The IHBC has welcomed the recent Court of Appeal ruling, upholding a High Court ruling, that subordinates National Planning Policy Framework (NPPF) development presumptions to the statutory authority of an up-to-date local plan, as the NPPF is no more than ‘guidance for decision-makers, without the force of statute behind it’.
IHBC Policy Chair Roy Lewis said: ‘This judgment, relating to a case in East Staffordshire, makes clear the importance of up-to-date development plans, and that the NPPF is not the over-riding consideration in every planning decision.’
‘The statement in paragraph 13 of the decision – that ‘the NPPF is the Government’s planning policy for England. It does not have the force of statute, and ought not to be treated as if it did’ – is entirely consistent with comments made by IHBC with regard to a number of heritage policy issues in England in recent years.
‘By implication, the judgment once again emphasises the relative importance of sections 66 and 72 of the Planning (Listed Buildings and Conservation Areas) Act 1990 in making planning decisions in relation to development that affects listed buildings and conservation areas. These are, and should remain as, the starting points for any credible heritage policy developments in England.’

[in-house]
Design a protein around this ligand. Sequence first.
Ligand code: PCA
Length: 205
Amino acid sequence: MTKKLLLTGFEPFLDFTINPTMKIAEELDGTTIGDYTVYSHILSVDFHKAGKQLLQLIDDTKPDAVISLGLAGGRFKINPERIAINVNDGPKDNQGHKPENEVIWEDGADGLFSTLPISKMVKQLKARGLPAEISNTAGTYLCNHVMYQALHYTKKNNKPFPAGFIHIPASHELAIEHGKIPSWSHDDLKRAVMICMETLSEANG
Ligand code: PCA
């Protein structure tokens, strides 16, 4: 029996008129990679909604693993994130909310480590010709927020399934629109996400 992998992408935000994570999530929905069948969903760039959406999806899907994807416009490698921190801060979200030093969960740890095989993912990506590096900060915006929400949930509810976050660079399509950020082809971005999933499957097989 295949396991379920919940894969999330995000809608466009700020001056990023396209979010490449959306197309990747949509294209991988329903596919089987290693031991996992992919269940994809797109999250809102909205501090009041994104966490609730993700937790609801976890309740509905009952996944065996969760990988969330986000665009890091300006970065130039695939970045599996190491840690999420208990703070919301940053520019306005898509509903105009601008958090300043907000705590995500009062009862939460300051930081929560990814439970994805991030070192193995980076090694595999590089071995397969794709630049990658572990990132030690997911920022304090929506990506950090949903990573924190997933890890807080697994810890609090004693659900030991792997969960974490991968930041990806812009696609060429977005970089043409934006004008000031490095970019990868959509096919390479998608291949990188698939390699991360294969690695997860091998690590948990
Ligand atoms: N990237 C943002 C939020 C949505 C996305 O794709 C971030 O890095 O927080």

Para 13 of the Decision states:
The NPPF is the Government’s planning policy for England. It does not have the force of statute, and ought not to be treated as if it did. Indeed, as one might expect, it acknowledges and reinforces the statutory presumption in favour of the development plan, and it also explicitly recognizes and emphasizes its own place in the plan-led system of development control. Its “Introduction” acknowledges that “[planning] law requires that applications for planning permission must be determined in accordance with the development plan, unless material considerations indicate otherwise”, and that “[the NPPF] must be taken into account in the preparation of local and neighbourhood plans, and is a material consideration in planning decisions”. Paragraph 12 recognizes that the NPPF “does not change the statutory status of the development plan as the starting point for decision making”. Paragraph 13 describes the NPPF, correctly, as “guidance for local planning authorities and decision-takers”, which, in the context of development control decision-making, is “a material consideration in determining applications”. Paragraph 215, in “Annex 1: Implementation”, says that “due weight should be given to relevant policies in existing plans according to their degree of consistency with [the NPPF] (the closer the policies in the plan to the policies in [the NPPF], the greater the weight that may be given)”, but this too is guidance for decision-makers, without the force of statute behind it.
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See the Decision at Bailii.org